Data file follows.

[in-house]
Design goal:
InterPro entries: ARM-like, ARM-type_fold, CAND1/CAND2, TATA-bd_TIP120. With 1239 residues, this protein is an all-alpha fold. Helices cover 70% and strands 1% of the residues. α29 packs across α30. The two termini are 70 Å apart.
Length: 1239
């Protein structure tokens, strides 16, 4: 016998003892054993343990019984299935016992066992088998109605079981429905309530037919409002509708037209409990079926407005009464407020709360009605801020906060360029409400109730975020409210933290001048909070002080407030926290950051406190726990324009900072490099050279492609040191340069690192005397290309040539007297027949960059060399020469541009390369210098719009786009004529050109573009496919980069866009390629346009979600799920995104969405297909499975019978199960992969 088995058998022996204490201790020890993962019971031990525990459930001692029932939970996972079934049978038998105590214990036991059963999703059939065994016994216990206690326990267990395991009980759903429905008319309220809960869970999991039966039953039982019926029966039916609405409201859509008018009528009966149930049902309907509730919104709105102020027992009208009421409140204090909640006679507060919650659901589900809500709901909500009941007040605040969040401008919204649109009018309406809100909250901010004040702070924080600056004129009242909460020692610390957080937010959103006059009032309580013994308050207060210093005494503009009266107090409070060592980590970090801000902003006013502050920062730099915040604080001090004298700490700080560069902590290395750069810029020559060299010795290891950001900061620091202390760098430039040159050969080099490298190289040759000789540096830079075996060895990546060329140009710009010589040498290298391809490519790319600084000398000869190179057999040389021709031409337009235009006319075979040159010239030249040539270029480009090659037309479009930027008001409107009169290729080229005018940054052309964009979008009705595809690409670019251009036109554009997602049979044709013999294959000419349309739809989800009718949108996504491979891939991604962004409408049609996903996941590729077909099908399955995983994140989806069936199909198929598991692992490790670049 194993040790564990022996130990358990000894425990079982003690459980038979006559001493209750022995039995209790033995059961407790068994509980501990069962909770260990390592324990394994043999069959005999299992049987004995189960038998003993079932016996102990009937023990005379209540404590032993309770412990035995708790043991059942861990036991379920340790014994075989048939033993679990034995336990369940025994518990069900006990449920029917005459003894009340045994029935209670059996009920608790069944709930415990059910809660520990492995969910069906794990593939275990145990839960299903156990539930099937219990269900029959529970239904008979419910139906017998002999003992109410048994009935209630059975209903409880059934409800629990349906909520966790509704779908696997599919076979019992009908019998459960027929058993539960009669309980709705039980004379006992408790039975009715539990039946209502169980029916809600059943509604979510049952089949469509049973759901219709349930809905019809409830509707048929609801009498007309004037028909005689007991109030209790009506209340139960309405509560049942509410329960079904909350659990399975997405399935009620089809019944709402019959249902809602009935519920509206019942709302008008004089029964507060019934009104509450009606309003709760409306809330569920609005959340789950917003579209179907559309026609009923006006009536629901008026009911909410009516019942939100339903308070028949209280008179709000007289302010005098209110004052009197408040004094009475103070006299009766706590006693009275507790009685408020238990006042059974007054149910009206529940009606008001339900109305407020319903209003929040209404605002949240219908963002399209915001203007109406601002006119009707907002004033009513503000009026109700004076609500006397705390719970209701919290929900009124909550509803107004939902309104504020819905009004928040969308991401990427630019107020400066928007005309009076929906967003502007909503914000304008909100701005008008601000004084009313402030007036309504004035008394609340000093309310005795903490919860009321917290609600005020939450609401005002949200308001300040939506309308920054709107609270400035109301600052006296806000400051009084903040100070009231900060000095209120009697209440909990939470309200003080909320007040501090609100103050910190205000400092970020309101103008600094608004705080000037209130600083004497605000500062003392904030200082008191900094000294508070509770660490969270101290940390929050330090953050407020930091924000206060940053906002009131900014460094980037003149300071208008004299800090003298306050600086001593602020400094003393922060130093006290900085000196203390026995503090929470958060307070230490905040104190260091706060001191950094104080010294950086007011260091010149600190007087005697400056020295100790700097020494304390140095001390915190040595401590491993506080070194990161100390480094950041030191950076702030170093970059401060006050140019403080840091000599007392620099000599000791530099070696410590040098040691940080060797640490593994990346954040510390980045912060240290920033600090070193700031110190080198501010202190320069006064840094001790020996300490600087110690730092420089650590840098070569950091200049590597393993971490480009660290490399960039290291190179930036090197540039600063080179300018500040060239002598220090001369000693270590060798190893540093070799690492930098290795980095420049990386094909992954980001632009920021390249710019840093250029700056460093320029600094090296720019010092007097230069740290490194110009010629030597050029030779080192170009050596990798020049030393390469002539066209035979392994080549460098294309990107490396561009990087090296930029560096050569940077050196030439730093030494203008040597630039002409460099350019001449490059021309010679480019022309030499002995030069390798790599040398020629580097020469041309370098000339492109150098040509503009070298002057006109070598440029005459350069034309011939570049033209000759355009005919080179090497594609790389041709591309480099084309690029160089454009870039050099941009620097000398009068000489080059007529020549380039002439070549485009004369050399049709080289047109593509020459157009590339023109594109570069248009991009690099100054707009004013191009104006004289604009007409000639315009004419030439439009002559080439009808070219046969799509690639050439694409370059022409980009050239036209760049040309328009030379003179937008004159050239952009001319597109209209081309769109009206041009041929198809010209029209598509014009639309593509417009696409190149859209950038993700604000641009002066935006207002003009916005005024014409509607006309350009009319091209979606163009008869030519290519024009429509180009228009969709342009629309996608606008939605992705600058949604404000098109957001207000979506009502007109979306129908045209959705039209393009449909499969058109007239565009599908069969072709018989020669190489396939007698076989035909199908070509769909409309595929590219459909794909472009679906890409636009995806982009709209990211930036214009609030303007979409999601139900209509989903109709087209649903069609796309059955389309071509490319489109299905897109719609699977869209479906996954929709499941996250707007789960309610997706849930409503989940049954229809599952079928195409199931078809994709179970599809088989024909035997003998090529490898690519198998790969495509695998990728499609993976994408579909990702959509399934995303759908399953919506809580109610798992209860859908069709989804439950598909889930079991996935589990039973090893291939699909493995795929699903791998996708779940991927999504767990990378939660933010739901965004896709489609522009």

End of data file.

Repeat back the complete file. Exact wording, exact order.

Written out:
[in-house]
Design goal:
InterPro entries: ARM-like, ARM-type_fold, CAND1/CAND2, TATA-bd_TIP120. With 1239 residues, this protein is an all-alpha fold. Helices cover 70% and strands 1% of the residues. α29 packs across α30. The two termini are 70 Å apart.
Length: 1239
């Protein structure tokens, strides 16, 4: 016998003892054993343990019984299935016992066992088998109605079981429905309530037919409002509708037209409990079926407005009464407020709360009605801020906060360029409400109730975020409210933290001048909070002080407030926290950051406190726990324009900072490099050279492609040191340069690192005397290309040539007297027949960059060399020469541009390369210098719009786009004529050109573009496919980069866009390629346009979600799920995104969405297909499975019978199960992969 088995058998022996204490201790020890993962019971031990525990459930001692029932939970996972079934049978038998105590214990036991059963999703059939065994016994216990206690326990267990395991009980759903429905008319309220809960869970999991039966039953039982019926029966039916609405409201859509008018009528009966149930049902309907509730919104709105102020027992009208009421409140204090909640006679507060919650659901589900809500709901909500009941007040605040969040401008919204649109009018309406809100909250901010004040702070924080600056004129009242909460020692610390957080937010959103006059009032309580013994308050207060210093005494503009009266107090409070060592980590970090801000902003006013502050920062730099915040604080001090004298700490700080560069902590290395750069810029020559060299010795290891950001900061620091202390760098430039040159050969080099490298190289040759000789540096830079075996060895990546060329140009710009010589040498290298391809490519790319600084000398000869190179057999040389021709031409337009235009006319075979040159010239030249040539270029480009090659037309479009930027008001409107009169290729080229005018940054052309964009979008009705595809690409670019251009036109554009997602049979044709013999294959000419349309739809989800009718949108996504491979891939991604962004409408049609996903996941590729077909099908399955995983994140989806069936199909198929598991692992490790670049 194993040790564990022996130990358990000894425990079982003690459980038979006559001493209750022995039995209790033995059961407790068994509980501990069962909770260990390592324990394994043999069959005999299992049987004995189960038998003993079932016996102990009937023990005379209540404590032993309770412990035995708790043991059942861990036991379920340790014994075989048939033993679990034995336990369940025994518990069900006990449920029917005459003894009340045994029935209670059996009920608790069944709930415990059910809660520990492995969910069906794990593939275990145990839960299903156990539930099937219990269900029959529970239904008979419910139906017998002999003992109410048994009935209630059975209903409880059934409800629990349906909520966790509704779908696997599919076979019992009908019998459960027929058993539960009669309980709705039980004379006992408790039975009715539990039946209502169980029916809600059943509604979510049952089949469509049973759901219709349930809905019809409830509707048929609801009498007309004037028909005689007991109030209790009506209340139960309405509560049942509410329960079904909350659990399975997405399935009620089809019944709402019959249902809602009935519920509206019942709302008008004089029964507060019934009104509450009606309003709760409306809330569920609005959340789950917003579209179907559309026609009923006006009536629901008026009911909410009516019942939100339903308070028949209280008179709000007289302010005098209110004052009197408040004094009475103070006299009766706590006693009275507790009685408020238990006042059974007054149910009206529940009606008001339900109305407020319903209003929040209404605002949240219908963002399209915001203007109406601002006119009707907002004033009513503000009026109700004076609500006397705390719970209701919290929900009124909550509803107004939902309104504020819905009004928040969308991401990427630019107020400066928007005309009076929906967003502007909503914000304008909100701005008008601000004084009313402030007036309504004035008394609340000093309310005795903490919860009321917290609600005020939450609401005002949200308001300040939506309308920054709107609270400035109301600052006296806000400051009084903040100070009231900060000095209120009697209440909990939470309200003080909320007040501090609100103050910190205000400092970020309101103008600094608004705080000037209130600083004497605000500062003392904030200082008191900094000294508070509770660490969270101290940390929050330090953050407020930091924000206060940053906002009131900014460094980037003149300071208008004299800090003298306050600086001593602020400094003393922060130093006290900085000196203390026995503090929470958060307070230490905040104190260091706060001191950094104080010294950086007011260091010149600190007087005697400056020295100790700097020494304390140095001390915190040595401590491993506080070194990161100390480094950041030191950076702030170093970059401060006050140019403080840091000599007392620099000599000791530099070696410590040098040691940080060797640490593994990346954040510390980045912060240290920033600090070193700031110190080198501010202190320069006064840094001790020996300490600087110690730092420089650590840098070569950091200049590597393993971490480009660290490399960039290291190179930036090197540039600063080179300018500040060239002598220090001369000693270590060798190893540093070799690492930098290795980095420049990386094909992954980001632009920021390249710019840093250029700056460093320029600094090296720019010092007097230069740290490194110009010629030597050029030779080192170009050596990798020049030393390469002539066209035979392994080549460098294309990107490396561009990087090296930029560096050569940077050196030439730093030494203008040597630039002409460099350019001449490059021309010679480019022309030499002995030069390798790599040398020629580097020469041309370098000339492109150098040509503009070298002057006109070598440029005459350069034309011939570049033209000759355009005919080179090497594609790389041709591309480099084309690029160089454009870039050099941009620097000398009068000489080059007529020549380039002439070549485009004369050399049709080289047109593509020459157009590339023109594109570069248009991009690099100054707009004013191009104006004289604009007409000639315009004419030439439009002559080439009808070219046969799509690639050439694409370059022409980009050239036209760049040309328009030379003179937008004159050239952009001319597109209209081309769109009206041009041929198809010209029209598509014009639309593509417009696409190149859209950038993700604000641009002066935006207002003009916005005024014409509607006309350009009319091209979606163009008869030519290519024009429509180009228009969709342009629309996608606008939605992705600058949604404000098109957001207000979506009502007109979306129908045209959705039209393009449909499969058109007239565009599908069969072709018989020669190489396939007698076989035909199908070509769909409309595929590219459909794909472009679906890409636009995806982009709209990211930036214009609030303007979409999601139900209509989903109709087209649903069609796309059955389309071509490319489109299905897109719609699977869209479906996954929709499941996250707007789960309610997706849930409503989940049954229809599952079928195409199931078809994709179970599809088989024909035997003998090529490898690519198998790969495509695998990728499609993976994408579909990702959509399934995303759908399953919506809580109610798992209860859908069709989804439950598909889930079991996935589990039973090893291939699909493995795929699903791998996708779940991927999504767990990378939660933010739901965004896709489609522009």